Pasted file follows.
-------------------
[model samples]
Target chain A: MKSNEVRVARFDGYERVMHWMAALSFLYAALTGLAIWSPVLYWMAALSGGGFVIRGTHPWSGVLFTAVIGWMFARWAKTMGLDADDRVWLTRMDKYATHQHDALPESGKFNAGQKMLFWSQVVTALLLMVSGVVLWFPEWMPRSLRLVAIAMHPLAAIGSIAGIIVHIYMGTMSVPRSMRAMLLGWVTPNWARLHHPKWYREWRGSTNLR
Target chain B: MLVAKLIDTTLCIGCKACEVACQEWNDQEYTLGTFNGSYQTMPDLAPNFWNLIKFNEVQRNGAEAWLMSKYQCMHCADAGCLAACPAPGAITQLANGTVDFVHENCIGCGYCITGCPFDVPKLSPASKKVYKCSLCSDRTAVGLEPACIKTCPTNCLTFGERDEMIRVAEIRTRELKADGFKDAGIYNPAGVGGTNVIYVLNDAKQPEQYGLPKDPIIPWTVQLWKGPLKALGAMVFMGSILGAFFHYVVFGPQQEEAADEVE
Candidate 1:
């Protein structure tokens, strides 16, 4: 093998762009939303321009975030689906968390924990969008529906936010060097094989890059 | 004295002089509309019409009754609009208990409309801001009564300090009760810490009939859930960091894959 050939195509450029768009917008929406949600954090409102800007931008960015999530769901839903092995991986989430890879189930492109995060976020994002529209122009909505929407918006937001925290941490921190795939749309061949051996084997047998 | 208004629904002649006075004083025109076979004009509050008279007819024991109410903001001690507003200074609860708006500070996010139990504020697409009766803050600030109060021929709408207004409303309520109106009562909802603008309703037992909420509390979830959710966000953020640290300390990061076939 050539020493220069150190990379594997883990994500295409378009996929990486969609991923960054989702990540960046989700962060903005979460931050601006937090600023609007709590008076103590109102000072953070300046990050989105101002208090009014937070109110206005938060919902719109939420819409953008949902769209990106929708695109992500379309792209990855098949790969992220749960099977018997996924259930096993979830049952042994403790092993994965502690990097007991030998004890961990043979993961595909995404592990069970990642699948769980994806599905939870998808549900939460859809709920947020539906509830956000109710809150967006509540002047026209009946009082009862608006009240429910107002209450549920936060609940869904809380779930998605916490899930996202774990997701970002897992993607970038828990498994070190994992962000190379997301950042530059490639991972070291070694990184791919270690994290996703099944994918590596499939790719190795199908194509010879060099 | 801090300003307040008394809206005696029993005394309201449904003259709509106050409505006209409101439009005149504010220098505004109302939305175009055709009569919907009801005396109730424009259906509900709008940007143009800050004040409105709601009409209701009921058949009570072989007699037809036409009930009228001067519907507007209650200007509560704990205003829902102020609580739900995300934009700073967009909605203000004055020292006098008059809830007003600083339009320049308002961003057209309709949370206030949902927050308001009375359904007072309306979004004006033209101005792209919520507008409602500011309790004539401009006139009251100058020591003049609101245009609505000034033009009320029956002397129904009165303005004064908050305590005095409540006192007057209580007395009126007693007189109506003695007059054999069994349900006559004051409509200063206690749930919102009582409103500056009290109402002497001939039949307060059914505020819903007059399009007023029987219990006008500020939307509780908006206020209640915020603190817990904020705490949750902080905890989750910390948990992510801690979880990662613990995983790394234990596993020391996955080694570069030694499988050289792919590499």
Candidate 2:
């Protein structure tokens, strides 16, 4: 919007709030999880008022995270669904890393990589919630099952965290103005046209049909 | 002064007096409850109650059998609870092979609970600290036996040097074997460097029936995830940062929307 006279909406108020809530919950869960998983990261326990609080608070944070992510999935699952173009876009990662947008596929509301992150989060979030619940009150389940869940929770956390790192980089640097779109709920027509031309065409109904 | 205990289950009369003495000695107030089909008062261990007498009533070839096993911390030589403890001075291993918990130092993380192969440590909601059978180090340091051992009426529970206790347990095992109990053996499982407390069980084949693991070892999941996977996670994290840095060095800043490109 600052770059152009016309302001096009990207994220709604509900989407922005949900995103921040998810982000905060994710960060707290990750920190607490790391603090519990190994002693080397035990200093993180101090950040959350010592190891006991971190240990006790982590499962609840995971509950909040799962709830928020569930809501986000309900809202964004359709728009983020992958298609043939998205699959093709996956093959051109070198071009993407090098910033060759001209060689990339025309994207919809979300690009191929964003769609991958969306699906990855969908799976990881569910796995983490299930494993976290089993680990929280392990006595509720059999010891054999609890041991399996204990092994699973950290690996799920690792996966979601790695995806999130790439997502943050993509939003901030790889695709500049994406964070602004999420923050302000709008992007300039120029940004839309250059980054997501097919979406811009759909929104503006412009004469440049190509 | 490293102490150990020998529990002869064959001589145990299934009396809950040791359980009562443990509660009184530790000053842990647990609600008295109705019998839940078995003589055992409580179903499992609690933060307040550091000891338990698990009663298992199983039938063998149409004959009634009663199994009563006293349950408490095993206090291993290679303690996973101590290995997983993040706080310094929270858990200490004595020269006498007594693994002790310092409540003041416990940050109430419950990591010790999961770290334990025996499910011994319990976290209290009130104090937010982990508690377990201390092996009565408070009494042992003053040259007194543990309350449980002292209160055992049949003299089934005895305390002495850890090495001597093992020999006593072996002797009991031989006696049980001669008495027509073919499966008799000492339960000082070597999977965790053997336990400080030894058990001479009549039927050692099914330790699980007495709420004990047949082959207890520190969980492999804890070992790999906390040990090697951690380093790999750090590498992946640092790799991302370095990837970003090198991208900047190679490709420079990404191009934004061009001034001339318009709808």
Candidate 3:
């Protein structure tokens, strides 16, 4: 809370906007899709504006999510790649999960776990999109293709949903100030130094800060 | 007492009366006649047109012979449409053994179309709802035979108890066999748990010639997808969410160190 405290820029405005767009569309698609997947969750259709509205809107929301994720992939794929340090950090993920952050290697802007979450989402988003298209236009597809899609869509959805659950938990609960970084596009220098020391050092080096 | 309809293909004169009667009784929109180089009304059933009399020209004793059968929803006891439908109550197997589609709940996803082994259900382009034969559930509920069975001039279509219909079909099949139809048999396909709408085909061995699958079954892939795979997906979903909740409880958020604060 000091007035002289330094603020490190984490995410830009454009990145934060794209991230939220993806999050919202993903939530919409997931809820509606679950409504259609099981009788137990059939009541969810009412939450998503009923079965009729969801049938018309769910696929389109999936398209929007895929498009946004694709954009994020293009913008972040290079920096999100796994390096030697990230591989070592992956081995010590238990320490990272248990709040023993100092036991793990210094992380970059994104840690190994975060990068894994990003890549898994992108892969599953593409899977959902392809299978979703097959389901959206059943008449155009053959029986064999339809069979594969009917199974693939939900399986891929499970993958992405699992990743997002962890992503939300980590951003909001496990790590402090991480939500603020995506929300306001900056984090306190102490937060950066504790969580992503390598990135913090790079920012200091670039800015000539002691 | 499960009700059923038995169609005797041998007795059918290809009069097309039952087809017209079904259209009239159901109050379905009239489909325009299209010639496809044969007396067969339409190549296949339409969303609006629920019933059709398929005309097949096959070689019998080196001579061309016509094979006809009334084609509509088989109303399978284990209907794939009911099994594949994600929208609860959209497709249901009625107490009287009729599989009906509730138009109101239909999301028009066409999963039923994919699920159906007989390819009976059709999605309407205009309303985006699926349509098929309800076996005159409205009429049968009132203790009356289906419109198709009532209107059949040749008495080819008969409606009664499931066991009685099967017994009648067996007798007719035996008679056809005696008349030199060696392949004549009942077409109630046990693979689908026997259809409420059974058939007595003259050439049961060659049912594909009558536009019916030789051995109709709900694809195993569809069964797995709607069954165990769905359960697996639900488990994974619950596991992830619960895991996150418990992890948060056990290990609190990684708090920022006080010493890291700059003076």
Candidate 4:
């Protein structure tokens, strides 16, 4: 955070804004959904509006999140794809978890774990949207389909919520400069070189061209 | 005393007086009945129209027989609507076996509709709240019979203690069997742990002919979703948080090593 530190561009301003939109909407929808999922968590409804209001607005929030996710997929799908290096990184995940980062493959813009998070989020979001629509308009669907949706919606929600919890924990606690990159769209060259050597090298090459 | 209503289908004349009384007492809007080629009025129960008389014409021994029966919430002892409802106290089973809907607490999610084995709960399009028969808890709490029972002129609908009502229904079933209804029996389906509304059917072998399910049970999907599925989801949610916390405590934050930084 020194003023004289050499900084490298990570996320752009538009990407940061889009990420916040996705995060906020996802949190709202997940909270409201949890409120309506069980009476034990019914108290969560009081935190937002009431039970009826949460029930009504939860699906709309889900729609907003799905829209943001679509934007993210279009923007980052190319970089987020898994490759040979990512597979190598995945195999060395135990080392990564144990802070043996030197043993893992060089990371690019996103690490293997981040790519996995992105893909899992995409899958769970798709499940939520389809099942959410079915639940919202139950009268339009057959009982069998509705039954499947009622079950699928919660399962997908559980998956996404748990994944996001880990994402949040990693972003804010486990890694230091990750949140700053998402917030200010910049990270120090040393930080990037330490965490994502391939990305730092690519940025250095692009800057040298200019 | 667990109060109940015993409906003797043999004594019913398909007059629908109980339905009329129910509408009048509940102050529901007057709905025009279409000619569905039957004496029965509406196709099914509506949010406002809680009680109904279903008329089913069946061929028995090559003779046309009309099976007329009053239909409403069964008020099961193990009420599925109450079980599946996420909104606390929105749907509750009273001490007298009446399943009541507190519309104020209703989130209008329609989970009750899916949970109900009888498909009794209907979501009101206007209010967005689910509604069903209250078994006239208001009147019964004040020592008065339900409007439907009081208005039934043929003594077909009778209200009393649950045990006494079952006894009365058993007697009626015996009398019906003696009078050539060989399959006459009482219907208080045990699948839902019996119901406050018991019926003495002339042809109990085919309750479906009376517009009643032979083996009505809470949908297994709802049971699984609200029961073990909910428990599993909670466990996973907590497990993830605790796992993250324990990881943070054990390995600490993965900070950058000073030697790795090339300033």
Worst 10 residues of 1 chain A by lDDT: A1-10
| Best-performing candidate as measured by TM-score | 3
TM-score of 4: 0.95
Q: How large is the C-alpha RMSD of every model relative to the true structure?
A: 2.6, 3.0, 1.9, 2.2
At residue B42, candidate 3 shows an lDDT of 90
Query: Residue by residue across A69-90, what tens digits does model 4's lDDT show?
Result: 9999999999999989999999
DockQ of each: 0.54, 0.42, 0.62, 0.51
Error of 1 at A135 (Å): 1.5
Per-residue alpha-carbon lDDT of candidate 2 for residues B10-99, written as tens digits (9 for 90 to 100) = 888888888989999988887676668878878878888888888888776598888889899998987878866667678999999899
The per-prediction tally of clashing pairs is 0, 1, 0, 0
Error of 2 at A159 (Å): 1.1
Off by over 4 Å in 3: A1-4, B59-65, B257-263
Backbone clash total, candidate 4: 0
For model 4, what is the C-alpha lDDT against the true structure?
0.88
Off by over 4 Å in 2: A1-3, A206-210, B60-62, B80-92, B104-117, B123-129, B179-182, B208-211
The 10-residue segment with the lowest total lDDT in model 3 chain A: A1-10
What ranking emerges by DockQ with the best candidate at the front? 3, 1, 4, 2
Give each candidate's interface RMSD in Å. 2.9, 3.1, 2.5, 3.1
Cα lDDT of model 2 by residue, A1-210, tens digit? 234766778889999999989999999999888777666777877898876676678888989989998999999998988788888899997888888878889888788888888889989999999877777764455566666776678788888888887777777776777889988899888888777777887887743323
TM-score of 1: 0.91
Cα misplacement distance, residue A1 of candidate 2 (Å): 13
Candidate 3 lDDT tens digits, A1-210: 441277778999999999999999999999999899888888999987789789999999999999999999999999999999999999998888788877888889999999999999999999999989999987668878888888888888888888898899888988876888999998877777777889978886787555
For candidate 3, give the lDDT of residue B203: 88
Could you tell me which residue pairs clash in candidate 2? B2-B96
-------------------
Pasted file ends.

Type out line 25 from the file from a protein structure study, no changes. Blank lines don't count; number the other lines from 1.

Off by over 4 Å in 3: A1-4, B59-65, B257-263